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The environmental cost of CTRL-P?

Ben Watson, Group Manager for Adobe’s Developer Relations Team, has posted a great article on his blog IMHO about the environmental damage (in terms of tree cost) caused by society’s insistence on printing everything.

Ben eloquently concludes, after extensive Google based research and some nifty maths work :o), that ubiquitous printer use has “nothing to do with technology preference, choice or anything like that. It is still all about lifestyle, choices, safe thinking and preservation of ritual”

It’s that last bit - ‘preservation of ritual’ that strikes the biggest chord with me. I’ve always thought that one of the biggest obstacles for any organisation aiming for paperless operation was those stubborn individuals who stick by their ‘that’s the way it’s always been done’ ethos and never ever move to a more paper friendly computerised operation (the more aged universities are notorious for this). Ben however highlights another group of people – those who have moved to using computers but seem to take comfort in exercising nostalgic preservation by printing copies of everything electronic.

So how best to deal with Ben’s paper hogs?  Simple! Either remove their ability to print by taking away their beloved printers (or at least only let them print from a designated area requiring them to exert a bit more effort then just hitting the PRINT button) or reduce the temptation by imposing a ‘per page’ charge for printing.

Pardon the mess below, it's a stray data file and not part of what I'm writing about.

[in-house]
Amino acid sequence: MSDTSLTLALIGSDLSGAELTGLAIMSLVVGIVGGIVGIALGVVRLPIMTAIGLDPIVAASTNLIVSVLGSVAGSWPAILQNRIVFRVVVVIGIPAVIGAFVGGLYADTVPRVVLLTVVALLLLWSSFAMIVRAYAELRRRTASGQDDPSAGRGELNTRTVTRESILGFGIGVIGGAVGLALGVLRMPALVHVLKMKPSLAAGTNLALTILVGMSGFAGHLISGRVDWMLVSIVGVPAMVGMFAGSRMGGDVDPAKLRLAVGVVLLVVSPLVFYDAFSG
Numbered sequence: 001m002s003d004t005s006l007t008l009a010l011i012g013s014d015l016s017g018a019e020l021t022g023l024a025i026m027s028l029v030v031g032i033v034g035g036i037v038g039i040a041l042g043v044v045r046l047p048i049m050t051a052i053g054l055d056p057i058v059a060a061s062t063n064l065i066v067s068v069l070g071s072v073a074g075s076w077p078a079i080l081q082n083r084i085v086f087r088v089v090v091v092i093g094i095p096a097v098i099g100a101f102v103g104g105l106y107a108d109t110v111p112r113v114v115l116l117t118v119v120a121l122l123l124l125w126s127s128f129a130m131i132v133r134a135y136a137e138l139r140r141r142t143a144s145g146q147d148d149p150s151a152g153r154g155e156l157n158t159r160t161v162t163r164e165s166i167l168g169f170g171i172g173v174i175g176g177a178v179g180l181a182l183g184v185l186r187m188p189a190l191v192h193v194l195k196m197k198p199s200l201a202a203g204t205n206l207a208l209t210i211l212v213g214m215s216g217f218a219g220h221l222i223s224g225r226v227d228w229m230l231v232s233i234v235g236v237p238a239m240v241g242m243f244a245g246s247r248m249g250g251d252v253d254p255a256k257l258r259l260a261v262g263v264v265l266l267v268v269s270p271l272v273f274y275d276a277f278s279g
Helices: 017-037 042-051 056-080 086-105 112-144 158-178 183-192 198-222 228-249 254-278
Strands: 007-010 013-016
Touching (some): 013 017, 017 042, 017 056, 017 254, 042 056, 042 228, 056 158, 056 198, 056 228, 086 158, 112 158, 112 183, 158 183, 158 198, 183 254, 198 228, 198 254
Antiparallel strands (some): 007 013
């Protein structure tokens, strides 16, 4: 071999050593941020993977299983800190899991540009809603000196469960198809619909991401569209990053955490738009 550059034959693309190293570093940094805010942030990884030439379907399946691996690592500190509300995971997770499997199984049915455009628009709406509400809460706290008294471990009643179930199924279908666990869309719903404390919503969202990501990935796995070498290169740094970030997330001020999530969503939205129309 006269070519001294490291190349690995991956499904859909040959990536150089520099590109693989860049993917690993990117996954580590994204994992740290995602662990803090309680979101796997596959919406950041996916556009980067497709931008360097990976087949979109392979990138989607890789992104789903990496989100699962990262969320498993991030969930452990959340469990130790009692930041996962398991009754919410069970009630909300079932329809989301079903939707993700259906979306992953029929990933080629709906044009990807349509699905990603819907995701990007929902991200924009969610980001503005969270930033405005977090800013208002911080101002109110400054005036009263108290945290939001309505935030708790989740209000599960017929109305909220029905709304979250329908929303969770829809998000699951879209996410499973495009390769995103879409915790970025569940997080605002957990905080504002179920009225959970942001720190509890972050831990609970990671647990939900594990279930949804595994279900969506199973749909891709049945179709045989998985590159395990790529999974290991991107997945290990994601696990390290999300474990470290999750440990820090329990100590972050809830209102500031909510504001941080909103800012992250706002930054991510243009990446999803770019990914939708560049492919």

In his article Ben also presents some interesting ‘cost to trees’ facts leeched from Conservatree which are so good that I’m going to leech them too:

  • 1 ton of uncoated virgin (non-recycled) printing and office paper uses 24 trees
  • 1 ton of 100% virgin (non-recycled) newsprint uses 12 trees
  • A "pallet" of copier paper (20-lb. sheet weight, or 20#) contains 40 cartons and weighs 1 ton. Therefore,
  • 1 carton (10 reams) of 100% virgin copier paper uses .6 trees
  • 1 tree makes 16.67 reams of copy paper or 8,333.3 sheets
  • 1 ream (500 sheets) uses 6% of a tree (and those add up quickly!)
  • 1 ton of coated, higher-end virgin magazine paper (used for magazines like National Geographic and many others) uses a little more than 15 trees (15.36)

As the icing on the cake Ben presents a series of paper reducing tips that are well worth a read. I especially love his sugestions to "keep all the things you print out in your laptop bag each week so it makes it clear if you have a printing problem" and to "make all your graphics and illustrations 72 dpi or 96 dpi so they look great on screen but suck when printed"


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My Environmental Issues seminar is doing a project on the comparative effects of having a "paperless" class. We need to find out if it is more environmentally friendly to always use computers or to print some things. We're looking at such issues as land, water, air, and energy needs for both computers and paper production. Do you have any tips on how to find reliable info about the waste involved with paper production?
Sweet blog, by the way.

Zuleika - I'm so very very sorry. I've been so busy with uni I've not visited my blog and therefore completely missed your question. Sounds like a very worthwhile project and the dilemma your trying to study is one I also wonder about constantly. I really couldn't point you with any authority to any definitive resources on the waste involved with paper production. All I could suggest is going to visit environmental groups such as Greenpeace who would carry a lot of articles on this subject.

Sorry I can't be more specific. Good luck with the project and if I can help in any easier way then just let me know

I have to say... I really love the title of this post. Ingenious.

Thank you for your kind words simpleblob. I can't take all the credit though. The concept of CTRL-P was getting bounced around a bit by the author of the original article. I just took it and adapted it for a suitable title

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